Thanks for your feedback RexxS and David notMD - really appreciated! HeatherMurray Queen's (talk) 22:06, 11 November 2017 (UTC)

References

  1. ^ Diagnostic and Statistical Manual of Mental Disorders (5th ed.). Washington, D.C.: American Psychiatric Association. 2013. p. 324. ISBN 978-0-89042-554-1.
  2. ^ Kinns, H; Housley, D; Freedman, DB (May 2013). "Munchausen syndrome and factitious disorder: the role of the laboratory in its detection and diagnosis". Annals of clinical biochemistry. 50 (Pt 3): 194–203. doi:10.1177/0004563212473280. PMID 23592802.
  3. ^ Kinns, H; Housley, D; Freedman, DB (2013). "Munchausen syndrome and factitious disorder: the role of the laboratory in its detection and diagnosis". Annals of Clinical Biochemistry. 50 (Pt 3): 194–203. doi:10.1177/0004563212473280. PMID 23592802.
  4. ^ a b Bass, C., & Halligan, P. (2014). Factitious disorders and malingering: Challenges for clinical assessment and management. The Lancet, 383(9926), 1422–1432. https://doi.org/10.1016/S0140-6736(13)62186-8
  5. ^ Kinns, H; Housley, D; Freedman, DB (May 2013). "Munchausen syndrome and factitious disorder: the role of the laboratory in its detection and diagnosis". Annals of clinical biochemistry. 50 (Pt 3): 194–203. doi:10.1177/0004563212473280. PMID 23592802.
  6. ^ Diagnostic and Statistical Manual of Mental Disorders (5th ed.). Washington, D.C.: American Psychiatric Association. 2013. p. 324. ISBN 978-0-89042-554-1.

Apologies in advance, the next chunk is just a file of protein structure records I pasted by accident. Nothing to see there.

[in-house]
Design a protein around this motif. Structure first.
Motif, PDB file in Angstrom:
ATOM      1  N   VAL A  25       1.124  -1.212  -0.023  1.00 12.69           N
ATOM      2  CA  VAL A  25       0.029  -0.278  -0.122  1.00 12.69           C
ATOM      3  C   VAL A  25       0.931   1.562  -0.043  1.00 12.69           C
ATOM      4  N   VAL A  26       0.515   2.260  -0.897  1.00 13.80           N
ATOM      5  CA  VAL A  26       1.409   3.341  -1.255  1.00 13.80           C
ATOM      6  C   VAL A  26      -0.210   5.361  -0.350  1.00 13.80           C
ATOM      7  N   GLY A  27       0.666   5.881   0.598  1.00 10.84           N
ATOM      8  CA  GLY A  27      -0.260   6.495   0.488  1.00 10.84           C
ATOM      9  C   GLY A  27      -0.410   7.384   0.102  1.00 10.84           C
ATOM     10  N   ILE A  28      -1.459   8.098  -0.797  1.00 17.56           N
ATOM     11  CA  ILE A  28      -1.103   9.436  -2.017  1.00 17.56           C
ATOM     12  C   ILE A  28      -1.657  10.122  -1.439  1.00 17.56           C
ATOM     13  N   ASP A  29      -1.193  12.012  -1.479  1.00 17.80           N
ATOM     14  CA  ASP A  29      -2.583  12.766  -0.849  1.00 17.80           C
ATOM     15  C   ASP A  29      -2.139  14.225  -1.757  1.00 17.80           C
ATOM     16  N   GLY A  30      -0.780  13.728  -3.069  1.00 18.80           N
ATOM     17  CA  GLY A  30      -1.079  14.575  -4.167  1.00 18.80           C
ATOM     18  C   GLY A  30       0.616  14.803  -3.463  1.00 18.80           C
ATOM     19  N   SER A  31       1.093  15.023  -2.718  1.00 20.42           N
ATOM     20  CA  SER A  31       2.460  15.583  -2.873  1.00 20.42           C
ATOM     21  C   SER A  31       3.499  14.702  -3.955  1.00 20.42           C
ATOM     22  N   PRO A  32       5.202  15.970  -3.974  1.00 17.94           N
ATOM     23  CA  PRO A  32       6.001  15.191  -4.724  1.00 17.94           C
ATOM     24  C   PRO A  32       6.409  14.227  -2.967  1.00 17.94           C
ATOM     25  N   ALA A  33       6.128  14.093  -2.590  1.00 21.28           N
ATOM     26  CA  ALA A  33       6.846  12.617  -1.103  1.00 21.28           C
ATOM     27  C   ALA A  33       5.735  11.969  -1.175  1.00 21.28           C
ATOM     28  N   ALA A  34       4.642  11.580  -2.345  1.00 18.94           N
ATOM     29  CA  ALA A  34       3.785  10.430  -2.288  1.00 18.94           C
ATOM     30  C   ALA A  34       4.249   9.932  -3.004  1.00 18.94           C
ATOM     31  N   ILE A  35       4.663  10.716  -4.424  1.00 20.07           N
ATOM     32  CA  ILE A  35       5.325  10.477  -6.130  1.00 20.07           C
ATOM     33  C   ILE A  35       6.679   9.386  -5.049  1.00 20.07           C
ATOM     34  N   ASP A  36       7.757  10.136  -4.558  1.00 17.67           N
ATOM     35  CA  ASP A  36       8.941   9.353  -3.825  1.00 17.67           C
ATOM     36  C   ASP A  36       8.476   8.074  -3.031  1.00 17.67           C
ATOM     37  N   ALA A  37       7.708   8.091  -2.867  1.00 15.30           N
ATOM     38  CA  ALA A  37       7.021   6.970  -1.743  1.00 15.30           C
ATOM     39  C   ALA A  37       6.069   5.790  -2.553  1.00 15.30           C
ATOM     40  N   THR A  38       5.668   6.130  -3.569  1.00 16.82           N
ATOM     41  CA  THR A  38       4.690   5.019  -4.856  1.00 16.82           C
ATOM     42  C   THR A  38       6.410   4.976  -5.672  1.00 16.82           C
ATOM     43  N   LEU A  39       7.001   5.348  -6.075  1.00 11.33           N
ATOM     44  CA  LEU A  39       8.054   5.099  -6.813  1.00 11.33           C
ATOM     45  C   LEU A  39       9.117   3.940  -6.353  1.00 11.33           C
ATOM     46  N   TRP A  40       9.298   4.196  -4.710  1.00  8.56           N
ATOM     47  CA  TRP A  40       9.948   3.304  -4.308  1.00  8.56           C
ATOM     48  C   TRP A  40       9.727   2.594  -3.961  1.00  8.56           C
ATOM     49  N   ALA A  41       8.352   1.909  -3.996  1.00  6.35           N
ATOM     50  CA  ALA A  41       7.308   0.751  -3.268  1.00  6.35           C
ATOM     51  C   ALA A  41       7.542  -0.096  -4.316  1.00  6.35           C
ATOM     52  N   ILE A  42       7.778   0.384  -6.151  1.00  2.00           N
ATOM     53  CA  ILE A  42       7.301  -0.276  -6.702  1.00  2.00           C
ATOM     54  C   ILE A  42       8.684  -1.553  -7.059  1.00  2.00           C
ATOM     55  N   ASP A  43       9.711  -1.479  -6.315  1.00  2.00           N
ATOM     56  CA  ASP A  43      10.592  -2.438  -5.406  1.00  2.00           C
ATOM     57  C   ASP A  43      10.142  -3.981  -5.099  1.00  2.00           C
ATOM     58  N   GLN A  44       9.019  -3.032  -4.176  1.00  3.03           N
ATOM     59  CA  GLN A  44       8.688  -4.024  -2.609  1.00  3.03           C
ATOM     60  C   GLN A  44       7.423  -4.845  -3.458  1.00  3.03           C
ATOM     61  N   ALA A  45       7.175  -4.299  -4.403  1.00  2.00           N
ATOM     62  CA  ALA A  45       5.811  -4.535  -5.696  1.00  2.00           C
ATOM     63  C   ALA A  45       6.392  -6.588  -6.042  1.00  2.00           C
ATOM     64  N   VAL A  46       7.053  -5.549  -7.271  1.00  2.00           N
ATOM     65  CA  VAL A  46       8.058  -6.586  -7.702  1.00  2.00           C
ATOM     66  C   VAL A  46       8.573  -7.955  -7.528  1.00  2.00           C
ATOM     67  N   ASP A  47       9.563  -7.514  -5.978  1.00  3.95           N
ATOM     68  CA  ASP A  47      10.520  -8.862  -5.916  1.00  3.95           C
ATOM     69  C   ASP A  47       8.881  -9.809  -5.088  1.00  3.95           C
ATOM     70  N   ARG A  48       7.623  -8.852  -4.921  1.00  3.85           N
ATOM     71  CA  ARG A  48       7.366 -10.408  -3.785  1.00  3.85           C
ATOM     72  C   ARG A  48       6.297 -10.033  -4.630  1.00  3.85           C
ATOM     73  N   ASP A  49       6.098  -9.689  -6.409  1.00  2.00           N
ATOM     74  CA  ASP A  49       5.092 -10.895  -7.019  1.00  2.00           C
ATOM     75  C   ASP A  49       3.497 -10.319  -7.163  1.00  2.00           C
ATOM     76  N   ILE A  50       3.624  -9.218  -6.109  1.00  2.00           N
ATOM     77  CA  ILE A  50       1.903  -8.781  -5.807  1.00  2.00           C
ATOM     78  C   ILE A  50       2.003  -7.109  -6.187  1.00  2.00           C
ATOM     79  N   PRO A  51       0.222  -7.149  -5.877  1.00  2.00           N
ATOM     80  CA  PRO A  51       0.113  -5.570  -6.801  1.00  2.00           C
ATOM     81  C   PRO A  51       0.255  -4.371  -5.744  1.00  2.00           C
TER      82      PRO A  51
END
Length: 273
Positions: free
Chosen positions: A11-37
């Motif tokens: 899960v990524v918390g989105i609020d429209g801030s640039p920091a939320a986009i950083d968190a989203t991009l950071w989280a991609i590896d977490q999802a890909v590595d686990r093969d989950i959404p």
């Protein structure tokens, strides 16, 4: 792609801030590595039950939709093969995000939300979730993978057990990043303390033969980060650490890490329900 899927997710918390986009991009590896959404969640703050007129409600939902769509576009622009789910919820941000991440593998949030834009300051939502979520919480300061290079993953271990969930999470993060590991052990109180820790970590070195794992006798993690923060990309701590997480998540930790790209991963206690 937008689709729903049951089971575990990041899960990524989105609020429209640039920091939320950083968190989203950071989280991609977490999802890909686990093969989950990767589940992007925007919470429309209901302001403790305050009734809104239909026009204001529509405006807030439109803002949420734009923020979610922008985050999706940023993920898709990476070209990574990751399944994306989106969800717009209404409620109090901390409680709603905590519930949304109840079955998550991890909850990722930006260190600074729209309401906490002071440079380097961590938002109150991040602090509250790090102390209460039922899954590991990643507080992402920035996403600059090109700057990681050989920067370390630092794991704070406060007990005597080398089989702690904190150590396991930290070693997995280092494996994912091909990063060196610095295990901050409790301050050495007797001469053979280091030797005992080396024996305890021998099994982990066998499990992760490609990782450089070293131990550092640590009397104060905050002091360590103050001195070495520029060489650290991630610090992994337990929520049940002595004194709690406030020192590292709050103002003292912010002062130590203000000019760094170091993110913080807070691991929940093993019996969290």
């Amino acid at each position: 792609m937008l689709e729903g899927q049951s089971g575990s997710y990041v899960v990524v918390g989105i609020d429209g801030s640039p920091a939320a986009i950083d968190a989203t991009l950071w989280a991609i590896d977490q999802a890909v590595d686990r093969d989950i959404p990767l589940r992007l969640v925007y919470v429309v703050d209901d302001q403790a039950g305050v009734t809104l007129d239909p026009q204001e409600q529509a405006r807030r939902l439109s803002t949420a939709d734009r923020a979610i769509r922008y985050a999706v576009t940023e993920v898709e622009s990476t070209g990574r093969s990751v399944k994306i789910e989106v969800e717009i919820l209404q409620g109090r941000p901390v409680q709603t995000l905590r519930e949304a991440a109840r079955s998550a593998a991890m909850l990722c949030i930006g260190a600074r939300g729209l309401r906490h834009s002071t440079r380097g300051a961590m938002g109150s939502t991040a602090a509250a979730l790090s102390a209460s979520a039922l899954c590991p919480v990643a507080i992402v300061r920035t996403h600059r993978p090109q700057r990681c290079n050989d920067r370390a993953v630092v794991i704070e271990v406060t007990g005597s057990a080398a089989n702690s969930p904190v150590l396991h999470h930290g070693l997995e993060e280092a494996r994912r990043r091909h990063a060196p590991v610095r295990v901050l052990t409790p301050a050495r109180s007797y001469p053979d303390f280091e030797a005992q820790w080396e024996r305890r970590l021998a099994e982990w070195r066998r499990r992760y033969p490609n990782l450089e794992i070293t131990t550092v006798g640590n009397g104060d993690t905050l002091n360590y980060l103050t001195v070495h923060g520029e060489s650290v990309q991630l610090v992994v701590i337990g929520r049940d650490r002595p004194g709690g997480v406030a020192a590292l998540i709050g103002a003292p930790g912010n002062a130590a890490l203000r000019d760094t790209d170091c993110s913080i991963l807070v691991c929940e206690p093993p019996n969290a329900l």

7. ^ Burton, MC; Warren, MB; Lapid, MI; Bostwick, JM (2015). "Munchausen syndrome by adult proxy: a review of the literature". Journal of Hospital Medicine. 10 (1): 32–35. doi:10.1002/jhm.2268. PMID 25274180.

Medscape reference[edit]

All of the Diagnosis section of this article is sourced to

But that source relates entirely to Munchausen syndrome by proxy, (or factitious disorder imposed on another), a different condition. The conditions may well be similar, and possibly even related, but I see no evidence that the diagnosis of one condition is appropriate for the diagnosis of the other. Can somebody more expert in psychiatry than I (that's most folk) suggest appropriate sources to re-write that section? I can see

might be usable, but I'd prefer something more scholarly if we're going to use it to source an entire section. --RexxS (talk) 22:29, 11 November 2017 (UTC)

Rename[edit]

Should we rename to the current name of "Factitious disorder imposed on self"? Munchausen's has not been the official term for a long long time. Doc James (talk · contribs · email) 00:34, 14 November 2017 (UTC)